My grandparents had a small farm in Southern Idaho and it was my privilege to spend my summers working alongside my grandad on that farm. It was a great adventure that included tractors, milk cows, irrigation boots, barn cats, hay bales, hard work, and two dogs—Tara and Pug. Those two dogs knew every square inch of that 100-acre farm, and they spent their days exploring the fields, swimming in the pond, sleeping in the sun, and hunting the yellow-bellied marmot—commonly known as a rock chuck.
After lunch one day, my grandad and I walked out the back door of the house and were surprised to find a large, dead rock chuck lying on the back step. Tara and Pug stood nearby, panting, slobbering, and beaming with pride. We celebrated their triumph with pats on the head and lots of “good dogs” all around, and then my grandad told me to grab a shovel and go bury that thing in a nearby pasture.
I dragged that lifeless marmot out into the field, and the dogs followed me eagerly and attentively, brimming with joy. I dug what I thought was a deep hole and I buried the carcass. Two weeks later, the matted, stinking remains of that rock chuck appeared again on the back step of the house. Nearby, Tara and Pug lay innocently in the yard, but the traces of dirt on their front paws and noses told the story. Needless to say, I reburied the creature in a different spot, without Tara and Pug tagging along, and that was the end of that. They forgot about the rock chuck and resumed their life of fun and adventure on the farm.
Those crazy dogs had dug up that dead thing, and I understand why—they’re dogs. But why do you and I do the same thing? It’s been said that “memory is like a crazy woman that hoards colored rags and throws away food.” We remember the things we should forget, and forget the things we should remember.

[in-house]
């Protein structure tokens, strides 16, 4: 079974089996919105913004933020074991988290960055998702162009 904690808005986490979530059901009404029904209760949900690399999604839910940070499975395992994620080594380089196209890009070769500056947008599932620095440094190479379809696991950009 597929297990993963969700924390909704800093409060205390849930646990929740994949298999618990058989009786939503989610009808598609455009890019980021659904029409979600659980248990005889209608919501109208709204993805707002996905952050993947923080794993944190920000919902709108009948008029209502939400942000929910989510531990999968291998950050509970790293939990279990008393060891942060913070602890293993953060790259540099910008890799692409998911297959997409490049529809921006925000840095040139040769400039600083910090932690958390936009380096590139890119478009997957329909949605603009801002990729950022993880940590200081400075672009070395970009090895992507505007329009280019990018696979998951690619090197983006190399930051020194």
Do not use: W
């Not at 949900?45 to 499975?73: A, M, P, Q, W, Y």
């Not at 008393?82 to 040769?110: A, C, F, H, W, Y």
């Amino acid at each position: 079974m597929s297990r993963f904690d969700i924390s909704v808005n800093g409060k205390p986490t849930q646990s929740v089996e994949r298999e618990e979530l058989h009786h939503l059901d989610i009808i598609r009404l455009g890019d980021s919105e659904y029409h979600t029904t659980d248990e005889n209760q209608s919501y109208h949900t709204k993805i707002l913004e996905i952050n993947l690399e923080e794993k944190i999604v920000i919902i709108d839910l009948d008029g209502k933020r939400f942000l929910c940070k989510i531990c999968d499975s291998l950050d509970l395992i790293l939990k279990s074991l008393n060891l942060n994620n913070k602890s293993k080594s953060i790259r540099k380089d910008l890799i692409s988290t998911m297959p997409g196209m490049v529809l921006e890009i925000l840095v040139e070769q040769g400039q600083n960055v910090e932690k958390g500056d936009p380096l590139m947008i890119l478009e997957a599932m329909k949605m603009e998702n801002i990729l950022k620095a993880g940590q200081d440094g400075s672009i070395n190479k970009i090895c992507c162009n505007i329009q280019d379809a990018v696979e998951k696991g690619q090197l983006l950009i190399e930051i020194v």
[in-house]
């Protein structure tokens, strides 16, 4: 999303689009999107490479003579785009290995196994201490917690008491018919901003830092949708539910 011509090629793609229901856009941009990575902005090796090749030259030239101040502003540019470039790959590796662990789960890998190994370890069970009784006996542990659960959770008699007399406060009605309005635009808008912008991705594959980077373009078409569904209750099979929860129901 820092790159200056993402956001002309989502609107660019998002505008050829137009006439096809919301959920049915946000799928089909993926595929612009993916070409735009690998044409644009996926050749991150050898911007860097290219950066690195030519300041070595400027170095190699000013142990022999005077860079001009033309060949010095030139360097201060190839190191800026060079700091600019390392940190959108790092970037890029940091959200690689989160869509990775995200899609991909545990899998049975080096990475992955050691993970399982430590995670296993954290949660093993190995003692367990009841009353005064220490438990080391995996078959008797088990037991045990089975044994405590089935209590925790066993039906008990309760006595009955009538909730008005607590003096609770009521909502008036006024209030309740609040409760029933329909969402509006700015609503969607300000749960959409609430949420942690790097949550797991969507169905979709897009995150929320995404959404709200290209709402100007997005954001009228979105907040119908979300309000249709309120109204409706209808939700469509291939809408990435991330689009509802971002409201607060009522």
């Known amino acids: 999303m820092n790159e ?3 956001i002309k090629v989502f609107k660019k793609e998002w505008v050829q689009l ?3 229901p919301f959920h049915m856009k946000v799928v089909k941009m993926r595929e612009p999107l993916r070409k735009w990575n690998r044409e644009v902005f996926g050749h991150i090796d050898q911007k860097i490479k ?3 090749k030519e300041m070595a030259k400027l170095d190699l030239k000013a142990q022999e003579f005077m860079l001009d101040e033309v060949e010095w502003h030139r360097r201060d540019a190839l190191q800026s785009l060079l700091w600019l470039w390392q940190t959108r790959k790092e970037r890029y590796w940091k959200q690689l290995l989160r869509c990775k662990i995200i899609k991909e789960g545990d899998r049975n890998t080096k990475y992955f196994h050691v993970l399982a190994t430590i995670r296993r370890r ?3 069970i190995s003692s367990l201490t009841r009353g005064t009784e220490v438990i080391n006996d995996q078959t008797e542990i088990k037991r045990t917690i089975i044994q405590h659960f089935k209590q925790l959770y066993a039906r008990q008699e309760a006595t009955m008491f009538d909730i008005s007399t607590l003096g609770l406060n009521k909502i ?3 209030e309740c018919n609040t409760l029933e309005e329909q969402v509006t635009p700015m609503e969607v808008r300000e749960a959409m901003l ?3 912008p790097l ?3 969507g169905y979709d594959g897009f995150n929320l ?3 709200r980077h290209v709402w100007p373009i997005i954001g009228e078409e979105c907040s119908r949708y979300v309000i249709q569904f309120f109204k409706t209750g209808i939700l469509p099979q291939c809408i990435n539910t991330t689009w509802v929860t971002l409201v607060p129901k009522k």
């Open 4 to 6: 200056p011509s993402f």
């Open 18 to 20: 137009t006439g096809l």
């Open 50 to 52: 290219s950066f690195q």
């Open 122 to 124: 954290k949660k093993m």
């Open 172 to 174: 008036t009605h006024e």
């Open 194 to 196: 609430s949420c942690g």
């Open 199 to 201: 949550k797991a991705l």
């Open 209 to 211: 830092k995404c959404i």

We all have junk, mistakes, regrets and sin in our lives, but the Good News is that Jesus went to the cross and took all of that dead stuff and buried it. It is gone! All we have left to do is to forget it, and live a redeemed, victorious life of adventure and joy in Jesus.
In Isaiah 43, the prophet tells us to,
“Forget the former things; do not dwell on the past. See, I am doing a new thing!" (NIV)
In Philippians 3, the Apostle Paul tells us how he lived the victorious life,
“Forgetting what is behind and straining toward what is ahead, I press on toward the goal to win the prize for which God has called me heavenward in Christ Jesus.” (NIV)
What are you keeping that you should throw away? What are you remembering that you should be forgetting? What are you digging up that Jesus has buried by His grace? “Where sin abounded, grace did much more abound” (Romans 5:20, KJV). Don’t dwell on your past, your mistakes, your sin.
Forget it . . . and fix your eyes on Jesus.